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the character of that poet whom he has tried to popularize in Germany, and in regard to whom the Germans, as they so often do, have run into a thoughtless and visionary admiration! But, in regard to the position which Calderon occupies in art, nothing is said; and the author confines himself either to general elucidations of the Spanish character, or rhetorical eulogies of the poet himself. .

As to the point of view from whence Calderon views human life, his manner of contemplating the world, his characteristic qualities, his composition, and exposition, we find not a word."

Where Schlegel has failed, we certainly are not vain enough to think we should succeed; on the contrary, we confess we shrink from the haz ardous task of attempting a general characteristic of Calderon. In some

En el teatro del mundo
Todos son representantes;
Cual hace un Rey soberano,
Cual on principe, un grande,
A quien obedecen todos.
Y aquel punto, aquel instante
Que dura el papel, es dueno
De todas las voluntades.
Acabose la comedia
Y como el papel se acabe
La muerte en el vestuario
A todos los deja iguales.

points, we find it difficult, even after considerable study of the subject, to come to any satisfactory conclusion in our own minds: as, for instance, how far Calderon adopted the affectation and extravagance of the Estilo Cultothe euphuism of Madrid-from choice, or simply in compliance with a fashion which he knew to be contrary to good taste and good sense, but believed to be indispensable to the popularity of his dramas at Court. On this point, we think the internal evidence of his works extremely contradictory. It is certainly true, that no one can occasionally express an image, or illustrate a comparison more simply and effectively.

Witness the following quaint but forcible lines from the speech of the captive Portuguese knight, Don Alvar de Viseo, in Saber del Mal y del Bien:

On the theatre of earth

All mankind are merely players.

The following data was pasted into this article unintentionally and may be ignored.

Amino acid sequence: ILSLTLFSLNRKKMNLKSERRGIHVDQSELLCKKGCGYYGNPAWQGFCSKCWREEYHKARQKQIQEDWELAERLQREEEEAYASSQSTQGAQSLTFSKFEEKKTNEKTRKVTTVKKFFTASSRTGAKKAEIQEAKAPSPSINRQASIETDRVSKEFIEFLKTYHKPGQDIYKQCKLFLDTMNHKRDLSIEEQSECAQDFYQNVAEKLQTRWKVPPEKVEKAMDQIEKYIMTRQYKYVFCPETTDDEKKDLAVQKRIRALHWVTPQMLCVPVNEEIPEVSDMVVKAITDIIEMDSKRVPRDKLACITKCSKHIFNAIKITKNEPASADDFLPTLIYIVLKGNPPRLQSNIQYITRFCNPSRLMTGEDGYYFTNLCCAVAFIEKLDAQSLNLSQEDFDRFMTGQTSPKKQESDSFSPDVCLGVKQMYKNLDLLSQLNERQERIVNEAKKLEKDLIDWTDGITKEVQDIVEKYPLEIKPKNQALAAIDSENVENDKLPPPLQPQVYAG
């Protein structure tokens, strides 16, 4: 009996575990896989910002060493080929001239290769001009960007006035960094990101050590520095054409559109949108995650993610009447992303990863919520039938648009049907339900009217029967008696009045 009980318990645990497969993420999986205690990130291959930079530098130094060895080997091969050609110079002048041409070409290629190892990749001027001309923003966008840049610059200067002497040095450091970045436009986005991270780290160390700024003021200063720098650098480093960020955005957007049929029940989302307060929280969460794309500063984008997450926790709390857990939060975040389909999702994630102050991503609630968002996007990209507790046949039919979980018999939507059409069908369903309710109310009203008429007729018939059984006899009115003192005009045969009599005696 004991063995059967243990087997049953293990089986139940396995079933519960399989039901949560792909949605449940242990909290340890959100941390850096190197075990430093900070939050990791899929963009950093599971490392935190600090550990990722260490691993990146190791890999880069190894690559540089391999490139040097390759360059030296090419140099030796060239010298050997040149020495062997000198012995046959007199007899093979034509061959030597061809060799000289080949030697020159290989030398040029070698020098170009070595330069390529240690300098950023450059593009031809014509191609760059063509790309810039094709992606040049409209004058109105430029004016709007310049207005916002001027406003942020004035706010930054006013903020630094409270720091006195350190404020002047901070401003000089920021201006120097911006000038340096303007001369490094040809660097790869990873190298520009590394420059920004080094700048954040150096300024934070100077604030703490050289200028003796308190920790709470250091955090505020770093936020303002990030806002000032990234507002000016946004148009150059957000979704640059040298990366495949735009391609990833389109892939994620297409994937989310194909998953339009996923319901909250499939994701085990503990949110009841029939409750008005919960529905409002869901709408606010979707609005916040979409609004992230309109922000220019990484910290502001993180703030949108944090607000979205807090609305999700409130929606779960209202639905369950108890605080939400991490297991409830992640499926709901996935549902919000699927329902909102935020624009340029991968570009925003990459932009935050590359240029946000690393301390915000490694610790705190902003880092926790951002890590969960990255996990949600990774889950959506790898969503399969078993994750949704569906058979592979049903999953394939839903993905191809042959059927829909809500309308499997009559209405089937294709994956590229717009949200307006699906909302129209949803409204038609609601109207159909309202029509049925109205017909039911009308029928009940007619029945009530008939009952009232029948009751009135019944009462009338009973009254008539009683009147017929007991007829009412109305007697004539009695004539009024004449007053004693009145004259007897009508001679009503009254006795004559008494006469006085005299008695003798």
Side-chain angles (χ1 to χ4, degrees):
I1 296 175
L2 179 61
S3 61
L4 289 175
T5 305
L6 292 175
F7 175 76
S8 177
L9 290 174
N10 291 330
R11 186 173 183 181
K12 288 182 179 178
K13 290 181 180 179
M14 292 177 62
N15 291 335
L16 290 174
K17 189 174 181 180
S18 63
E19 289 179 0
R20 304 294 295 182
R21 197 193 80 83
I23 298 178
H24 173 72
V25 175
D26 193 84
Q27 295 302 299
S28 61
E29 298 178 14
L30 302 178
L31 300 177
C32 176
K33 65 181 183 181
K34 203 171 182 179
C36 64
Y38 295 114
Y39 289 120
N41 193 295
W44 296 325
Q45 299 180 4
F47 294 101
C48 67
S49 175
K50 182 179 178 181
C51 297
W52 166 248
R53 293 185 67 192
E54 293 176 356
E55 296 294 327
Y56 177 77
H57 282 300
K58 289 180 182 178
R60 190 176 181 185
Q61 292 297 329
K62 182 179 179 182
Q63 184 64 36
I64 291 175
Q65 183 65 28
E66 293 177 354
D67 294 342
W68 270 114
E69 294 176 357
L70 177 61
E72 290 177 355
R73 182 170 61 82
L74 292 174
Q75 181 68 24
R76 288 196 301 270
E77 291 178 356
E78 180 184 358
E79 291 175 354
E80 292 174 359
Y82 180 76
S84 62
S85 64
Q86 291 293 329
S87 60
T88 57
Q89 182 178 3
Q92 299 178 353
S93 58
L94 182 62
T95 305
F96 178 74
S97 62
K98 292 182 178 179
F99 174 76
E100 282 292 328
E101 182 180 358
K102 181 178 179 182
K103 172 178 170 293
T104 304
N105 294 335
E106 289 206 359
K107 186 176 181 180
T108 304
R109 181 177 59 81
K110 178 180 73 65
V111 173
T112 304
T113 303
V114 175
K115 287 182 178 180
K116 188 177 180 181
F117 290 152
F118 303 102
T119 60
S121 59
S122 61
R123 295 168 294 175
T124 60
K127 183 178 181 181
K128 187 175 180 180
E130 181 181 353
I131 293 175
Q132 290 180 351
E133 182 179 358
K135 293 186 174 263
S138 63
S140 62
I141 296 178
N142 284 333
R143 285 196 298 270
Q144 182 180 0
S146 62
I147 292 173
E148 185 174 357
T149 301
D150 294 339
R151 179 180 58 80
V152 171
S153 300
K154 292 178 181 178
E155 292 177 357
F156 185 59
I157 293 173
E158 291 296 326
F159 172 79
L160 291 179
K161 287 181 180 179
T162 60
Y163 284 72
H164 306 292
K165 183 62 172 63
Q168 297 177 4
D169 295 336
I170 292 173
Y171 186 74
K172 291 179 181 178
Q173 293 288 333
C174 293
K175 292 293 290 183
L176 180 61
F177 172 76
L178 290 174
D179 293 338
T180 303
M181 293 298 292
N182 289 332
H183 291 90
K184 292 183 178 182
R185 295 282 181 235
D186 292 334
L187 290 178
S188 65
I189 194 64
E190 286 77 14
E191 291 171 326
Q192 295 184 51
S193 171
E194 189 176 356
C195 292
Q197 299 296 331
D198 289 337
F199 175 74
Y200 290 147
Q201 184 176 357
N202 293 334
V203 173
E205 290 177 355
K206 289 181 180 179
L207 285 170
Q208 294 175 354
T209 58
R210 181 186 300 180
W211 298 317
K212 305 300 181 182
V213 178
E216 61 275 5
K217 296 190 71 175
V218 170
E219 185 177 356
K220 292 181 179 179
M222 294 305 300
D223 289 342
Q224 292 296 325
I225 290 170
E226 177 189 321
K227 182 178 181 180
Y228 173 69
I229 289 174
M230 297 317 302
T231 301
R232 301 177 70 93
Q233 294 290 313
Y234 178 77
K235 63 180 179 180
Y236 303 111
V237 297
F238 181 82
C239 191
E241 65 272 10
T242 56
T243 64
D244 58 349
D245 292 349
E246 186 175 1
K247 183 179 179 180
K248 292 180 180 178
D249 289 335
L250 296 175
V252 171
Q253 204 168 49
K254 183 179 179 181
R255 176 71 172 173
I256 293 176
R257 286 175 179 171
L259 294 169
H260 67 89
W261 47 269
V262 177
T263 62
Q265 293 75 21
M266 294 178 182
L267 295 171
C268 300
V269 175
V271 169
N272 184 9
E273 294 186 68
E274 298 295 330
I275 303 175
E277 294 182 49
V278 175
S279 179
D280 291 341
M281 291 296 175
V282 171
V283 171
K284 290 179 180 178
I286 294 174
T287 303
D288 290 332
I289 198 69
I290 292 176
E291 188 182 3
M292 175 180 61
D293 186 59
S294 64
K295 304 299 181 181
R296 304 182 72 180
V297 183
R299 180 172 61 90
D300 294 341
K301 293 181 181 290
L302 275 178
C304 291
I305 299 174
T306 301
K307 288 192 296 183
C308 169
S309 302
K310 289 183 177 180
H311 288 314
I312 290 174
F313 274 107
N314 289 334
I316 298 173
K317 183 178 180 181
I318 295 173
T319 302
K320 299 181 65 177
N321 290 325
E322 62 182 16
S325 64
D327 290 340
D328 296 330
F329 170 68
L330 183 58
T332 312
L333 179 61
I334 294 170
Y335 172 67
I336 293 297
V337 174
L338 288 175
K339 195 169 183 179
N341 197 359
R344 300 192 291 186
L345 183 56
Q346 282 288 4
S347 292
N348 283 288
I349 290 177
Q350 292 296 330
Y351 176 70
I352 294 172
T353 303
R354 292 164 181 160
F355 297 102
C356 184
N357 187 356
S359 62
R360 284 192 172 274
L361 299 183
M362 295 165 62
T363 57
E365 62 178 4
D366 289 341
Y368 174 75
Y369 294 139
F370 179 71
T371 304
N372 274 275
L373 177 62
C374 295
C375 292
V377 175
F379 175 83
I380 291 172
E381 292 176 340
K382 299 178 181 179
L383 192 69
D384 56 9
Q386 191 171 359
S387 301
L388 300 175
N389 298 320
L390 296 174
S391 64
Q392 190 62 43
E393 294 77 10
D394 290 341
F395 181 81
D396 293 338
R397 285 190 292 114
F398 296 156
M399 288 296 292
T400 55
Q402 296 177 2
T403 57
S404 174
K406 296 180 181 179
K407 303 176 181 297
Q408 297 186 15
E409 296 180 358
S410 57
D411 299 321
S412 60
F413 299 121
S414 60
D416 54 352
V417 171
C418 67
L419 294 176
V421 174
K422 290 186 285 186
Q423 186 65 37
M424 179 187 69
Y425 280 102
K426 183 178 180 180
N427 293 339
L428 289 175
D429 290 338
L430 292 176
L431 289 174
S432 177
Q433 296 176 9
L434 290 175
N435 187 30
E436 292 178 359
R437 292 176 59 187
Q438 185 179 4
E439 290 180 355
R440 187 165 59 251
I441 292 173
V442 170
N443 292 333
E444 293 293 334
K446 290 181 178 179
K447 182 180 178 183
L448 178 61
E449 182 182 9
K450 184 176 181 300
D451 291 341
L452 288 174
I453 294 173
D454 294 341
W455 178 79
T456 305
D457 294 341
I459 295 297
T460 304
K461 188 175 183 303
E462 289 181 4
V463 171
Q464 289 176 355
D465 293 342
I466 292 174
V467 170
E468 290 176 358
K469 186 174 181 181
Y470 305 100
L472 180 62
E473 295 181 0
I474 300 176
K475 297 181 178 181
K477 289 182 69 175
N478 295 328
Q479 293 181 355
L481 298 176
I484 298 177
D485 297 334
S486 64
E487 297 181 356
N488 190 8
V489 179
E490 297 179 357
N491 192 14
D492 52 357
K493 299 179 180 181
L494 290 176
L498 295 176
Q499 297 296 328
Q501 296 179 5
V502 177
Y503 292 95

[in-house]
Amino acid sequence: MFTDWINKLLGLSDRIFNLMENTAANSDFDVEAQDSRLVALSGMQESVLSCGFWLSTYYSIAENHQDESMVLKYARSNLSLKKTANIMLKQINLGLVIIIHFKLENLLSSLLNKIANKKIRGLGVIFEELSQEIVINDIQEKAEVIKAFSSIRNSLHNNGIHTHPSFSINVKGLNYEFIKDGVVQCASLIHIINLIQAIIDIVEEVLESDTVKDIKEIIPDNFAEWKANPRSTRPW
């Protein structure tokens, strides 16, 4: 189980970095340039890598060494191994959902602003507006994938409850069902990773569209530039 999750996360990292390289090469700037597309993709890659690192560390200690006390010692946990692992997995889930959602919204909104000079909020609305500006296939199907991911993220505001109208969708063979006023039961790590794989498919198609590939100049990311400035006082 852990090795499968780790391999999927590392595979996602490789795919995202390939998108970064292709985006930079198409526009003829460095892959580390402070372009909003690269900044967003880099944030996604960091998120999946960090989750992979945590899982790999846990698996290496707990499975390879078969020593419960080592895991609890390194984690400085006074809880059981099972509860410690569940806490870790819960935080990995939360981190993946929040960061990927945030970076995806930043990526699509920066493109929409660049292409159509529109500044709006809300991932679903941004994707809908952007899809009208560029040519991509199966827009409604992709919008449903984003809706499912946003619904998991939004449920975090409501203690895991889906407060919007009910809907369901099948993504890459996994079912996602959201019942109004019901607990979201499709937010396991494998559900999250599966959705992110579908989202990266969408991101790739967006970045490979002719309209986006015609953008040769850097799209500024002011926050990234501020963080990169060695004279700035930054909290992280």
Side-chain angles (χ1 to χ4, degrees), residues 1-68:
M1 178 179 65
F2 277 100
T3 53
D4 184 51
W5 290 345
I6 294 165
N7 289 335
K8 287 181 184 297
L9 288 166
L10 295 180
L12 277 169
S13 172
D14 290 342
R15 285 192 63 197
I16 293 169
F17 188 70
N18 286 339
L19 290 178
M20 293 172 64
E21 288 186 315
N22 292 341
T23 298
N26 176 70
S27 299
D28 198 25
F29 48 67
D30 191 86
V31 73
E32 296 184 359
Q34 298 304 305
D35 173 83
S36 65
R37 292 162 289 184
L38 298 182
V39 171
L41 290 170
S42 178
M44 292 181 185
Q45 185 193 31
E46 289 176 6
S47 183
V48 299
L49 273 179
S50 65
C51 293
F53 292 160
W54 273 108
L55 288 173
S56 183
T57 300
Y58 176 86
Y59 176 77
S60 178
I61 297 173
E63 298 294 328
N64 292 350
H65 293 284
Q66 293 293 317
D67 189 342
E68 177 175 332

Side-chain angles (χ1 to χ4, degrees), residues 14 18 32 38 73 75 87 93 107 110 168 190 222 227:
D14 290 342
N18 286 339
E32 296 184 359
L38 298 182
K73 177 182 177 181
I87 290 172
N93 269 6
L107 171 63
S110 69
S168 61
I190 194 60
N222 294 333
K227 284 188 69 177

One enacts a sovereign king,
One a prince, and one a noble,
Unto whom the rest do homage;
For the space and for the instant
That the part endures, he seems
Master of the wills of all;
But the play of life played out,
With the dropping of the curtain,
Death within the green-room brings
All the actors to their level.

Or the following couplet, in which a fine sentiment is briefly and tersely expressed.

Que al cuerpo le viste el oro

Pero al alma la noblezi.

Gold may be the body's dress,

But the soul's is nobleness.

-A Secreto Agravio Secreta Venganza.

Calderon sneers at times, too, at the professors of the Estilo Culto, including himself.

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And, again, in Hombre pobre todo es Trazas, in the description of Clara.

Dejo a parte locutiones
Porticas, aunque aqui
Pudiera decer que fue
Su cabello oro de Ofir
Su frente campo de nieve.

And yet to find a whole play, even in those of a level and domestic character, undeformed by some of the very hyperboles or subtilties which he reprobates, would be difficult, if not impossible. In his more extravagant plays, such as the Judas Maccabeus, La Gran Zenobia, or La Hija del Ayre, nay, we are constrained to add,

in the first act of the much-lauded Constant Prince, Calderon might dispute the palm of pompous affectation with the Italian Marino, or with the prince of the Cultoristos, Gongora himself; and, like Shadwell

Be own'd, without dispute, Through all the realms of nonsense absolute." The few remarks, then, with which

we intend to preface our translations, shall be confined to such points in the literary character of Calderon, as we conceive to be attended with the least dispute.